The Mount Ashland ski area is seeking grants to support its youth programs as a way to hold down costs, marketing director Rick Saul said during the Mt. Ashland Association's annual public meeting Monday.

The Mount Ashland ski area is seeking grants to support its youth programs as a way to hold down costs, marketing director Rick Saul said during the Mt. Ashland Association's annual public meeting Monday.

Saul said six grant requests have been submitted to foundations, but only one request has been approved, bringing in $1,000. Three others have been rejected, and two are still being evaluated.

Money, or the lack of it, seemed to dominate the conversation at Callahan's Lodge. Retiring board president Bill Little said expanding the ski area would help make the ski area more efficient to operate.

"Our rates will go up faster if we don't expand," Little said, responding to a question from the audience. He said adding new chairlifts and ski trails would nearly double the mountain's capacity and attract more skiers and snowboarders for a relatively modest increase in total operating costs.

"It's called economies of scale," Little told a group of about 40 people. Little said the ski area can't raise lift ticket and season prices enough to cover rapidly rising expenses such as insurance and diesel fuel, and the mountain's relatively steep terrain makes it a difficult to attract beginners and low intermediate skiers who spend money on lessons, equipment rentals and food.

Kim Clark, the ski area's general manager, noted the average revenue for small ski areas in the Northwest is $42 per person per day, but Mount Ashland's revenue is just $28.39.

The ski area's net assets declined by about $100,000 after last season. Total revenue amounted to about $2.68 million, but expenses totaled $2.78 million. Total skier visits increased slightly, to 91,022 for the 2007-08 season, compared to 90,989 for the winter of 2006-07.

In its only official business, the board elected new officers. Sam James is the new president; Tom Mayer, vice president; Deborah Martin, secretary, and Lisa Beam, treasurer.

During a question-and-answer session, Marilyn Briggs of Ashland said board members need to realize how much animosity has built up in Ashland about the ski area, and encouraged the board to do "something simple," such as replacing the Ariel chairlift rather than continue to pursue its expansion project.

"You would win back a lot of friends you've lost," Briggs said.

Clark said the replacing the Ariel chair would cost from $1.2 million for an "economy" double chair to $2 million to $3 million for a triple chair, and replacing the chair in its present location would not cure the weather related problems that keep it closed during stormy weather.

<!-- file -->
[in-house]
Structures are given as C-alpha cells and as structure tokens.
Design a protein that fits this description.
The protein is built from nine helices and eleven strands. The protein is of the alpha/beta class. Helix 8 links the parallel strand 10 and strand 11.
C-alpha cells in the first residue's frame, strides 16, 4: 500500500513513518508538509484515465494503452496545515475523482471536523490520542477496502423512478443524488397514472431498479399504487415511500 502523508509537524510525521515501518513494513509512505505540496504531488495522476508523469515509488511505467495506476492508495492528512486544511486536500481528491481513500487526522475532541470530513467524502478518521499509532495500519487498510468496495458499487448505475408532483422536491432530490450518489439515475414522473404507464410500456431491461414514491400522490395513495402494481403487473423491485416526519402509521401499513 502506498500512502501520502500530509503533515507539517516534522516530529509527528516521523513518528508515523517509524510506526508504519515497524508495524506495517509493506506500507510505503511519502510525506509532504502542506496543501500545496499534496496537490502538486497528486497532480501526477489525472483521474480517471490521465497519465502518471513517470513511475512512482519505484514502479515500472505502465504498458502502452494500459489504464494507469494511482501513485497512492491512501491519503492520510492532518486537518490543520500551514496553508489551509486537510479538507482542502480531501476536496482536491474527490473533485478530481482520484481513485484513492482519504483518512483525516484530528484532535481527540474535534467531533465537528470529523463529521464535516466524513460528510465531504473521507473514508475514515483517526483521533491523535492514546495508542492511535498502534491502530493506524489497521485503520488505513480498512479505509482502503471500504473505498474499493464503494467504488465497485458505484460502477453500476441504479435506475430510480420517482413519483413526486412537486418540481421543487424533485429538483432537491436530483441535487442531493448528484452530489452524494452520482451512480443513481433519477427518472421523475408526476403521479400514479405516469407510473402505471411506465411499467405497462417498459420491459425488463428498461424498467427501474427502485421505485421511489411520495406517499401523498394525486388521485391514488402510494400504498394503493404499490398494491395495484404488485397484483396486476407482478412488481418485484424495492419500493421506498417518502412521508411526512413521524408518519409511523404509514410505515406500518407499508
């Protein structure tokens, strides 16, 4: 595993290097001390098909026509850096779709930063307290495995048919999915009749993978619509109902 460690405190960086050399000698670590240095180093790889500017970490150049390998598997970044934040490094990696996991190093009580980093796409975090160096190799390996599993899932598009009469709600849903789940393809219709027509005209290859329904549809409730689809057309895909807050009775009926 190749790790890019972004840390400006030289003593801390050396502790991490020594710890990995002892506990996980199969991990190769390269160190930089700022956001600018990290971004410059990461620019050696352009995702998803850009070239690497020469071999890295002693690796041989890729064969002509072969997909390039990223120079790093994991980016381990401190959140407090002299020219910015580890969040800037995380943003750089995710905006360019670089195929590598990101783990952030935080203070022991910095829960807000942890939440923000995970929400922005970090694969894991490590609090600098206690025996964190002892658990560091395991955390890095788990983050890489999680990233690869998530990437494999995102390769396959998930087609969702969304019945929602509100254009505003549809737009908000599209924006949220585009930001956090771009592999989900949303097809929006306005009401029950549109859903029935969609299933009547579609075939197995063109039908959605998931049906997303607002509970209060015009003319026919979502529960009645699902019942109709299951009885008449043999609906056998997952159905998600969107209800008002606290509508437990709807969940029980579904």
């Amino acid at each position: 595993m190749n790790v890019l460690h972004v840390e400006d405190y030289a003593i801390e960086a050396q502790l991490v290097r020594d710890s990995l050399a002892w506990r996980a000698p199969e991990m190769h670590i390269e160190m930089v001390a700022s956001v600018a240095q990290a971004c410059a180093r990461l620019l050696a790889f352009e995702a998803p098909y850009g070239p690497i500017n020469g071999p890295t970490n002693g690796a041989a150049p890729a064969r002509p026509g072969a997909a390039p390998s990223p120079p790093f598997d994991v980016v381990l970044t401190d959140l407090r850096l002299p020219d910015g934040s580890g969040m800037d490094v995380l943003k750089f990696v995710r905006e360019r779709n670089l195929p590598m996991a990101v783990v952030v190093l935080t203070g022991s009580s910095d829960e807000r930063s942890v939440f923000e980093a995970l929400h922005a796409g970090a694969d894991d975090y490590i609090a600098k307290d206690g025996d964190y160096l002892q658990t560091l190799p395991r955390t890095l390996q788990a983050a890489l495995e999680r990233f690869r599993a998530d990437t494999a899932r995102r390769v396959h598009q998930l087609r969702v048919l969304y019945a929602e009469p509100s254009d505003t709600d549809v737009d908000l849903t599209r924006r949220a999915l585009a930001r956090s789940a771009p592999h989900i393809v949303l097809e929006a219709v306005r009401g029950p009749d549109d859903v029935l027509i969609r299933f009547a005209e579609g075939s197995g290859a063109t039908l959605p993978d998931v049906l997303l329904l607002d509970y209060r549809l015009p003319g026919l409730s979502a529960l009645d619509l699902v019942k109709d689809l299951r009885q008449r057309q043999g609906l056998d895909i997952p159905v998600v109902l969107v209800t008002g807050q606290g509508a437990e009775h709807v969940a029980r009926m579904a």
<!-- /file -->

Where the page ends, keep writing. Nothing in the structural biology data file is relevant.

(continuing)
Several other mountain regulars brought their concerns to the board. Elena Martin of Ashland said she's heard many longtime season pass buyers complain that the cost of passes keeps rising, "but the amenities keep going away," She noted the removal of microwave ovens from the lodge, the disappointing quality of the food service, and the groomers' inability to keep up with deep snow.

"Why not fix what we have before we expand?" she asked, and questioned how the ski area would pay for an expansion if it can't maintain what it already operates.

Clark said the microwaves were removed after a group of teenagers burned a bag of popcorn, starting a fire that needed a fire extinguisher to put out. Little noted that a survey indicated that supporters of the mountain would provide the funds for expansion once it's approved.

Clea Arthur of Ashland also questioned ski area managers about the food service. "We're willing to buy (quality) food if it's there," she said, noting that she pays $14 for nachos at Mount Bachelor.

Clark said the ski area has to try to meet a wide range of tastes and incomes.

"We're in a quandary" over food service, he said. "You say you'll pay $14 for nachos. Others tell us $5 for a hamburger is too much."

Several Jackson County sheriff's deputies attended the meeting as a precaution against any demonstration like the one that disrupted the board's annual meeting in 2003. There were no incidents.

Reach reporter Bill Kettler at 776-4492 or e-mail:bkettler@mailtribune.com